changing lives through dance
Bellydancing has a powerful ability to promote physical and mental wellbeing, particularly among women, for whom it can help tap into their sensual, feminine side.
Bellydance is widely accepted as having significant health and wellbeing effects for women from all walks of life. Although there has been no formal study undertaken yet, bellydance teachers worldwide report that their students benefit greatly from increased self esteem, improved body image and improved self confidence from learning to bellydance.
It follows that women who have poor body image or damaged self esteem or self confidence for a variety of reasons benefit in particular from learning to bellydance. For example women who have been affected by abusive relationships, including domestic abuse and women recovering from cancer treatment that affects body image (ie mastectomies, hair loss) report that bellydance has helped them enormously.
Why does bellydance help?
The reasons for the beneficial effects are manifold and seem to be fairly unique to the dance form. Firstly it is a solo female dance and most bellydance classes are women-only, thereby creating a safe space for women, away from the male gaze. Secondly, the dance embraces all body types and a woman doesn’t need to be young, supple or fit to begin bellydancing. Furthermore, the moves of bellydance – shaking the shoulders, moving the hips, undulating the torso – are rooted in the female body and feel very natural to a woman. Finally, the format of a bellydance class seems to encourage very supportive and sociable behaviour amongst women. And they’re fun!
Working with women affected by trauma
In 2017 we began conversations with hospices, women’s refuges and women’s prisons about the possibility of us bringing bellydance classes to their service users. The response was overwhelmingly positive, with several managers saying they had been looking for something like this for years, but there had been nothing available. Each organisation went back to their service users and asked if they were interested. The excited response in all cases convinced us of the need and desire for our work and in July 2017 we started a programme of weekly classes in refuges, hospices, organisations supporting women affected by sexual crime and for victims of slavery and trafficking.
Types of organisations we are partnering with
• Domestic abuse support services, in particular women’s refuges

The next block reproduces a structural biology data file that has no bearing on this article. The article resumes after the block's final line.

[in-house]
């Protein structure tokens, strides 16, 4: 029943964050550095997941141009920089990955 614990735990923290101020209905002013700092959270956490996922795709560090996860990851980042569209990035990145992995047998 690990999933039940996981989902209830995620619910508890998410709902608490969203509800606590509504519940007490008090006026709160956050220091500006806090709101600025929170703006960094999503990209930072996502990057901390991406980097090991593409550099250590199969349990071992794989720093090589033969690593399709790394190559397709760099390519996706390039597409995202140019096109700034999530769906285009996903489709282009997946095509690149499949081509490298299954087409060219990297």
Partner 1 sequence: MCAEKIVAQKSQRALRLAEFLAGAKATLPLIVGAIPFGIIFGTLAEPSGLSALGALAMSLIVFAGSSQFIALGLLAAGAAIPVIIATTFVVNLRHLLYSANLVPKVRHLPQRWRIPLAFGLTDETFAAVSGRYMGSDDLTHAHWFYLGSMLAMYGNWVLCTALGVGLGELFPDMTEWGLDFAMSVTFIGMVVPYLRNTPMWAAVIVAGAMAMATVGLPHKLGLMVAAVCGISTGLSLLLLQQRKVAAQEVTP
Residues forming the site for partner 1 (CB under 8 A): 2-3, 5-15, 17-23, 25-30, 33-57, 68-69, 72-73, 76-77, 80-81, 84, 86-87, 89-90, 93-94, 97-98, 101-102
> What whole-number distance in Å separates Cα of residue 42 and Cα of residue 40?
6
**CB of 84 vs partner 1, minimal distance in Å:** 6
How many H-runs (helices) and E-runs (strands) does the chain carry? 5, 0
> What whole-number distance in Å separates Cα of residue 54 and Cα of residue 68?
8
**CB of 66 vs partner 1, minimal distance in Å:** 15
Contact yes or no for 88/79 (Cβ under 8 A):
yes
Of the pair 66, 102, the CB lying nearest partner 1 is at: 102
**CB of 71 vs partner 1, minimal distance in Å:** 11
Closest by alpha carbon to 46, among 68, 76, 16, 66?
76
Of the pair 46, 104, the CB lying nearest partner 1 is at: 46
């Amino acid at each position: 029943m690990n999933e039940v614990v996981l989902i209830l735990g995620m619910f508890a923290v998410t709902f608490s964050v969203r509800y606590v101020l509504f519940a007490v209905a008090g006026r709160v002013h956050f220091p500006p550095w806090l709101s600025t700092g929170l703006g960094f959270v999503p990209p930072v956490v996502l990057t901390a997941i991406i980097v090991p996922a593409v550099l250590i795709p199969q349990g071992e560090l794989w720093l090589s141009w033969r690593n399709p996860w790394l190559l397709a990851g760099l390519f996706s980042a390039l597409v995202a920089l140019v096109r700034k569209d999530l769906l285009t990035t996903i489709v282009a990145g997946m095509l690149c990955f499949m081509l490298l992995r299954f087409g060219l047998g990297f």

• Organisations offering support to victims of rape, sexual violence and childhood abuse
• Hospices, hospitals, respite care centres
• Organisations offering support to victims of slavery and trafficking.
The beneficiaries (and how bellydance might help)
The beneficiaries will almost always be adult women who have been affected by trauma in some way, such as:
• The psychological effects of domestic abuse (self esteem issues, body and self hatred arising from emotional abuse, withdrawing from society etc)
• The psychological effects of rape and sexual abuse (body hatred, shame, self harm, disassociation, PTSD)
• The effects of cancer treatment, such as mastectomies or hair loss (loss of body image, undermined self esteem, loss of sense of self, fear of the future.)
• Terminal illness (uplifting of spirits, self esteem, motivation associated with learning a new skill)
• The effects of slavery and trafficking (the effects of imprisonment, self esteem, self confidence, the need for socialisation, lifting of spirits)
If you would like to know more, or would like us to bring bellydance to your support organisation please email firstname.lastname@example.org
“Taking bellydance classes is the best decision I’ve ever made. I had major body and self-confidence issues that were impacting on my day-to-day life. Learning to bellydance has made me realise that womanly curves should be celebrated and it has boosted my self-confidence. It’s connected my mind with my body, in a positive way, for the first time. The classes also helped me to cope with a recent bereavement, it gave me a focus and the ‘feel good’ factor of the classes, and bellydance itself, helped me through an extremely tough time.”
“After surgery for a double mastectomy I felt very angry with my body for letting me down and viewed it as ugly and disfigured. It’s easy to disassociate yourself from your body in those circumstances but bellydance helped me to reconnect with my body through the movements, which felt so good to do. This helped to restore my confidence and self esteem.”
“For me, bellydance taps into a part of me that is feminine, fluid and sensual. When I dance, I love my body and the way it moves and from that, I’ve gained in confidence about my body generally.”
“Bellydancing has tremendously helped me mentally, physically, medically, socially and every other way, shape and form you can think of.”
“It has helped so much with my confidence about my body shape, I now appreciate my womanly curves, it seems this is what they were made for, and I’m quite happy to show them off!”
“In some ways I feel as if my self esteem has improved so much that I feel guilty for allowing myself this happiness.”